Open lateral peritoneum was performed using our specific lateral three-layer approach (Figure 2). The lateral peritoneum was opened along the lateral side of the external iliac vessels and the medial side of the spermatic vein. The upper part started from the position where the ureter crossed the iliac blood vessel, and the lower part reached the position of the vas deferens near the inner ring mouth. For enlarged lymphadenectomy, the upper aortic bifurcation position was reached. The first layer, the external iliac vessel layer, was exposed, and the peritoneum was lifted using separation forceps. The ultrasonic knife was used to push the peritoneum along the inside of the external iliac arteries and veins, and the vas deferens was broken downward to reveal the bladder side space and expand upward. This first stage of surgery ended with exposure of the external iliac vessel. The second layer, the internal iliac vessel layer, was revealed and the peritoneum was opened continuously, while the internal iliac artery was found. Then, the internal iliac artery was raised, and the anterior trunk of the internal iliac artery was exposed and then clamped. This second stage of surgery ended with exposure of the internal iliac vessels. The third layer, the ureter layer, was exposed, and the internal iliac artery was lifted, and the peritoneum pushed inwards with the umbilical artery as the marker. Meanwhile, the ureter was found below the root of the umbilical artery, and then the peritoneum was pushed inward to expose the ureteral layer. The same method could be adopted to expose the left side. In order to better expose the common iliac blood vessels, the ureter should be pushed inward and upward as far as possible to expose the pelvic lymph nodes and protect the ureteral blood supply to the greatest extent and reduce the incidence of postoperative ureteral stricture.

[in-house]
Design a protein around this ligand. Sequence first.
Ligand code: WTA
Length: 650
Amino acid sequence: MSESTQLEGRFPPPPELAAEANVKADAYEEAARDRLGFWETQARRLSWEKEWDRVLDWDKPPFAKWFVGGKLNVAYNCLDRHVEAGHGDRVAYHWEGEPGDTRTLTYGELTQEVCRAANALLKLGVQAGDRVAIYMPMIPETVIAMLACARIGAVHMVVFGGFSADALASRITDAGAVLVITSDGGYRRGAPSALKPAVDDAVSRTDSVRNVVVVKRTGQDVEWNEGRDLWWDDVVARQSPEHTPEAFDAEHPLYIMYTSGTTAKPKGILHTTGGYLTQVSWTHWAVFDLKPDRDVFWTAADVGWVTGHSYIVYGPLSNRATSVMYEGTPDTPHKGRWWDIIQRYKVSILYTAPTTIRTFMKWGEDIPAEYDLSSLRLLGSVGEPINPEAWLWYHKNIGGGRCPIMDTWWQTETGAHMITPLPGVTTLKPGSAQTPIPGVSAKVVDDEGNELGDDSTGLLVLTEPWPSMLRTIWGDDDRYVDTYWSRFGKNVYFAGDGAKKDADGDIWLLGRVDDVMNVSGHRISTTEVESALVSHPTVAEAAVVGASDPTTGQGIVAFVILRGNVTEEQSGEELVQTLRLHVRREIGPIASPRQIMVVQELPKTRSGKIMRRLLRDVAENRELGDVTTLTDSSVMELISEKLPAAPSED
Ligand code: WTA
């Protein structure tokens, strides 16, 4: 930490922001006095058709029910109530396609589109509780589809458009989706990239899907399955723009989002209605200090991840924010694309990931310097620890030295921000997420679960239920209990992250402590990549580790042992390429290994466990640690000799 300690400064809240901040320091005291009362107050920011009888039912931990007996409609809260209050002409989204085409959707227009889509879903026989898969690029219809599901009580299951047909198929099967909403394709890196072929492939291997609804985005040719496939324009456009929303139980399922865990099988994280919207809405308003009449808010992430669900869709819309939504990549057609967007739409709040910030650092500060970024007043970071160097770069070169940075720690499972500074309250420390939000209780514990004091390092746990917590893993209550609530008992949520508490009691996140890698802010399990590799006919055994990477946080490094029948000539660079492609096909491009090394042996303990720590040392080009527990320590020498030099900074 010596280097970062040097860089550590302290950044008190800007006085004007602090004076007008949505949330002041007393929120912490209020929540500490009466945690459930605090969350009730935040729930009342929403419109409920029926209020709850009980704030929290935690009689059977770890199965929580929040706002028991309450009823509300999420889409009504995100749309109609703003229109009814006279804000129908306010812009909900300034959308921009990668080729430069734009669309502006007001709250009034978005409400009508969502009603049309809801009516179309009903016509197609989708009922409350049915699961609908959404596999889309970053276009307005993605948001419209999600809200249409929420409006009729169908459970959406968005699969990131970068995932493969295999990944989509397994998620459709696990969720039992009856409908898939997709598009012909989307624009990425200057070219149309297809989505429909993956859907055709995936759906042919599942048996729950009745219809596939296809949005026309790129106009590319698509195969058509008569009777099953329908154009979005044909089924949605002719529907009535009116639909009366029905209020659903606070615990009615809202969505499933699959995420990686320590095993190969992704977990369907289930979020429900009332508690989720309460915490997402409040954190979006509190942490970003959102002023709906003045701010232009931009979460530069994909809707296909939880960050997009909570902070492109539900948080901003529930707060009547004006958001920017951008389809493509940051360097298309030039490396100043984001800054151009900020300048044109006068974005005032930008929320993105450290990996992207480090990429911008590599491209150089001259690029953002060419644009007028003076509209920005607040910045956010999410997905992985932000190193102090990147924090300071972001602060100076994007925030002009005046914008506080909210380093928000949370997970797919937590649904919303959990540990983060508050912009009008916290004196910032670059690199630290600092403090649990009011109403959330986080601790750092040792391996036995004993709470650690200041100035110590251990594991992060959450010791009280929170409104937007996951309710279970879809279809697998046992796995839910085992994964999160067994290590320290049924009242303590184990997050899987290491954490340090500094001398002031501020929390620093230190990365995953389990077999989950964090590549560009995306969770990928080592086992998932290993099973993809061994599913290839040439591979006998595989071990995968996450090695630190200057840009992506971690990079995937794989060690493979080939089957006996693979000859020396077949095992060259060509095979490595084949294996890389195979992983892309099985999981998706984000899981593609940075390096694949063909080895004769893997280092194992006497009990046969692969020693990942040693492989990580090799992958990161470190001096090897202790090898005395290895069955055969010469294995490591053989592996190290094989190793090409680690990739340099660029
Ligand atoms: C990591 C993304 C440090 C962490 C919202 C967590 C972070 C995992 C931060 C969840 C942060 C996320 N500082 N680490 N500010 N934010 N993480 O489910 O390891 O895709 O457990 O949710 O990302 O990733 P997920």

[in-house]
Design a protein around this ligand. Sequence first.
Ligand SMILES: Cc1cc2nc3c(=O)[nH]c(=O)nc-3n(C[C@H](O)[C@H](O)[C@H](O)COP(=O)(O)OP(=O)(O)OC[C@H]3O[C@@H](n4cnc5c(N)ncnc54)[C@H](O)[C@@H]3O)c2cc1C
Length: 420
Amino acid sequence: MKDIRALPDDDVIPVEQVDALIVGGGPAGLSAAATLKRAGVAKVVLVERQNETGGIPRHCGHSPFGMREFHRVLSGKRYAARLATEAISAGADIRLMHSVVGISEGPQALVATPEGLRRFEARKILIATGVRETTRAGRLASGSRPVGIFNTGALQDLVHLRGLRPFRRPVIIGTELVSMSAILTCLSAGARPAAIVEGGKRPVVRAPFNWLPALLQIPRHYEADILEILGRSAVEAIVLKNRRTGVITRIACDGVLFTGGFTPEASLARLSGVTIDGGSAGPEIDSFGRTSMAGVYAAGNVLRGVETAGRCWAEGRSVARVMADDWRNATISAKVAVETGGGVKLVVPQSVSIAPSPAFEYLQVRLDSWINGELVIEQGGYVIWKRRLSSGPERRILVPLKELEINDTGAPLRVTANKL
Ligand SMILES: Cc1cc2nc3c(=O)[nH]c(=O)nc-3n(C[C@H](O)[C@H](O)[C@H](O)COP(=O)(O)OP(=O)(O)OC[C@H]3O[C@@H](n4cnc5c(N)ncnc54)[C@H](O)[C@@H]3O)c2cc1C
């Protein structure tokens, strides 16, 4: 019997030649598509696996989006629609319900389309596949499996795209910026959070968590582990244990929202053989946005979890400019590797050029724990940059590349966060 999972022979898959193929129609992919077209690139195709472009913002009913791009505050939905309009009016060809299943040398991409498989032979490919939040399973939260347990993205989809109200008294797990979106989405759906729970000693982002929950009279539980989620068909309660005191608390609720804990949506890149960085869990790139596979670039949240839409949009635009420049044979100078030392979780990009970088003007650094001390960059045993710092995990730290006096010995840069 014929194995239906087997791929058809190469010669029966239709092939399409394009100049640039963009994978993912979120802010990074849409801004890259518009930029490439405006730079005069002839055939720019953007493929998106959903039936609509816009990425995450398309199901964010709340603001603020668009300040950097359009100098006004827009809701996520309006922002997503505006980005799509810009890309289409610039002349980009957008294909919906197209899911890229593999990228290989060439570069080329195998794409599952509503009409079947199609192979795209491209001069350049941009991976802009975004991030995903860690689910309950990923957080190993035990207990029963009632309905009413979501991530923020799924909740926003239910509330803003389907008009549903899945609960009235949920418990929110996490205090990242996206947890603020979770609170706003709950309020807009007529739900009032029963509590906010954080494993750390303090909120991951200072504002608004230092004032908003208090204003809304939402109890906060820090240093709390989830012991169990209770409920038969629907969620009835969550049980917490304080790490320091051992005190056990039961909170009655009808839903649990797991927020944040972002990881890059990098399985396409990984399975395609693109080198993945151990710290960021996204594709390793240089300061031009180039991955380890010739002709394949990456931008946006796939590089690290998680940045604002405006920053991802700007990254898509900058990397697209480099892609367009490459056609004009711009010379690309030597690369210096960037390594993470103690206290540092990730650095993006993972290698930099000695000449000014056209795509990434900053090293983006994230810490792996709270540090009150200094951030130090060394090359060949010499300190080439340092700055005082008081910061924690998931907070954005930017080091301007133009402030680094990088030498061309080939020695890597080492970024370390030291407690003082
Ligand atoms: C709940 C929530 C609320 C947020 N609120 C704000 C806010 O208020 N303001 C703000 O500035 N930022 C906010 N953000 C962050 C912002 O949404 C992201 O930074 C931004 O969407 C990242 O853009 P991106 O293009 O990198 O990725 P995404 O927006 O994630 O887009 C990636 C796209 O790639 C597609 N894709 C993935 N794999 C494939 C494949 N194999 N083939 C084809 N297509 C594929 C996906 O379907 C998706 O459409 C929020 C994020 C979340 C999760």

Figure 2